LMAO that's not a school, by definition we don't have school choice, a country like Sweden does.  You can go to a pubic school or you can take that money you would use to go to a public school and go to a private school instead.  that's what school choice is.  The choice to go to public or private school, K-12 free of charge.

money detonator

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Re: Thoughts On Austrian Economics?
« Reply #13 on: November 18, 2017, 08:21:49 PM »
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Even countries like Sweden at least have school choice which includes private schools.  We don't even have that in America.

There are no private schools in America?  Is this a joke?

No, we don't have school choice.

Yea, you do. You don't have to send your kid to a school. Lots of people are home-schooled, unschooled, or go to private institutions. "School choice" is a buzzword for being allowed to chose what public school you want to attend as opposed to being assigned based on your home address. In that sense no, but in an actual sense you can chose to privately educate your kids.

LMAO that's not a school, by definition we don't have school choice, a country like Sweden does.  You can go to a pubic school or you can take that money you would use to go to a public school and go to a private school instead.  that's what school choice is.  The choice to go to public or private school, K-12 free of charge.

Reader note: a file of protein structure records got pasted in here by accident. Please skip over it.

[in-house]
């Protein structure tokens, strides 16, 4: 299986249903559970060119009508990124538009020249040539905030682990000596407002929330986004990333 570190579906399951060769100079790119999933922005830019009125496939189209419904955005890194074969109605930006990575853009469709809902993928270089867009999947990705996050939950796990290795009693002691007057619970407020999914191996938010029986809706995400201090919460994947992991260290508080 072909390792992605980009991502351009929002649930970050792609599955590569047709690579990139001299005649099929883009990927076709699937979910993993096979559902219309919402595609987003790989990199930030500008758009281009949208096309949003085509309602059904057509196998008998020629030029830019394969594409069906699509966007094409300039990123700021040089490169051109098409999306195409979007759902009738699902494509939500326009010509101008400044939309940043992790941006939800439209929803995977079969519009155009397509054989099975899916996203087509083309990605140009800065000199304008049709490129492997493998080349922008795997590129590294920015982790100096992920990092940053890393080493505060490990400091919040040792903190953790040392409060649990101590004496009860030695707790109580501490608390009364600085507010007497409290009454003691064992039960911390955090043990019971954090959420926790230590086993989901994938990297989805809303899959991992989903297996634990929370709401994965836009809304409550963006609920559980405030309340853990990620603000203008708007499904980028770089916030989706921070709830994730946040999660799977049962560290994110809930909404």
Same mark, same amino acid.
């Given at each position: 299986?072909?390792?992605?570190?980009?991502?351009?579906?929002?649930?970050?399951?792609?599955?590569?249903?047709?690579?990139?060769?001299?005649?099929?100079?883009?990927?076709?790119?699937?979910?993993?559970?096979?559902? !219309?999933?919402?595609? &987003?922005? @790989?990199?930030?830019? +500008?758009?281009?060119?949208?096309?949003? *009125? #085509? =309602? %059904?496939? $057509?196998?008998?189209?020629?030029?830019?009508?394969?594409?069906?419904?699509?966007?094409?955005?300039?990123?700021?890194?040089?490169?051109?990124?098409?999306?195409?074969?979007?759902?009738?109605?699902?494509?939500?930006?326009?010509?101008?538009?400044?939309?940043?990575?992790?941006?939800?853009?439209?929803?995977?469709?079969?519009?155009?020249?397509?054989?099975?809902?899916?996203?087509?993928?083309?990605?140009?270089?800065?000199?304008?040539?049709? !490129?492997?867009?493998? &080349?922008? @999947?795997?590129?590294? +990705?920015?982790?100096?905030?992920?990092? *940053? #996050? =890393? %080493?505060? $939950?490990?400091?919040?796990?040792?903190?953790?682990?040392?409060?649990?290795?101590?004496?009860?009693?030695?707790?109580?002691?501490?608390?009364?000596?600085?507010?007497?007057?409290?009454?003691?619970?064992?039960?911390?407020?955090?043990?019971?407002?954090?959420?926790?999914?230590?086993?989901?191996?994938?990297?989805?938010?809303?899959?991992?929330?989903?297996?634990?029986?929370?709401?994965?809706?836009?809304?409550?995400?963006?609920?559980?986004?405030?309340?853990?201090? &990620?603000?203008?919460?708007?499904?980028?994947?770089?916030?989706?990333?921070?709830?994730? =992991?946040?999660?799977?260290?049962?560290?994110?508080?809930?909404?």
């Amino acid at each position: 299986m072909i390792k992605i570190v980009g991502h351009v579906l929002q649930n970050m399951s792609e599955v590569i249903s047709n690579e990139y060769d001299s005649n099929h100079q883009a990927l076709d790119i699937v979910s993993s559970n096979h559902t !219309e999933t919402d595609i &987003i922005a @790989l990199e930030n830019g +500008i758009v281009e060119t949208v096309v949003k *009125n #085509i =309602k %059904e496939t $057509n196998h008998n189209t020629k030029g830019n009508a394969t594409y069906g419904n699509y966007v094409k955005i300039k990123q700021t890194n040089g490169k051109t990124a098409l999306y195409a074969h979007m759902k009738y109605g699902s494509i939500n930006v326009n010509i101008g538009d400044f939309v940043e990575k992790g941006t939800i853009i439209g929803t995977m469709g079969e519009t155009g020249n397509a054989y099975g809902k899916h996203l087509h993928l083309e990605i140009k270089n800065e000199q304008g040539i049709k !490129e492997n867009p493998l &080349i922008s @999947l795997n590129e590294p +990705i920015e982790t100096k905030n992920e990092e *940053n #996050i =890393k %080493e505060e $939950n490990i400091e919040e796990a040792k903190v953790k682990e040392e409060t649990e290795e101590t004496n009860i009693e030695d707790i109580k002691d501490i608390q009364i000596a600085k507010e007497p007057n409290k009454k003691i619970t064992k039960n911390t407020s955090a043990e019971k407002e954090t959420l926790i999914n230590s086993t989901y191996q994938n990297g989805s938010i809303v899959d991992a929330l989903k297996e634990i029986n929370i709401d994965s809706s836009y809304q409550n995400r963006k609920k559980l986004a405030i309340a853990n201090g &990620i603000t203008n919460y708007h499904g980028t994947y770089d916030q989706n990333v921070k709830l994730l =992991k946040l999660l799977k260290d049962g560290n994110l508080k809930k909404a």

Anyone that doesn't even know that U.S. has private schools while claiming to live in the U.S. probably would not know how educational systems work in any other country.

Anyone who expects the government to pay for private school while claiming to prefer, and understand capitalism, probably does not.

LMAO
"They are just money detonators!"  - Stefan Molyneux, passive-aggressive parenting expert, describes his wife and child as worse than taxation, podcast 2650

JimJesus

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Re: Thoughts On Austrian Economics?
« Reply #14 on: November 21, 2017, 08:38:27 AM »
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Yea, you do. You don't have to send your kid to a school. Lots of people are home-schooled, unschooled, or go to private institutions. "School choice" is a buzzword for being allowed to chose what public school you want to attend as opposed to being assigned based on your home address. In that sense no, but in an actual sense you can chose to privately educate your kids.

LMAO that's not a school

I don't even know how to respond to this it's so stupid.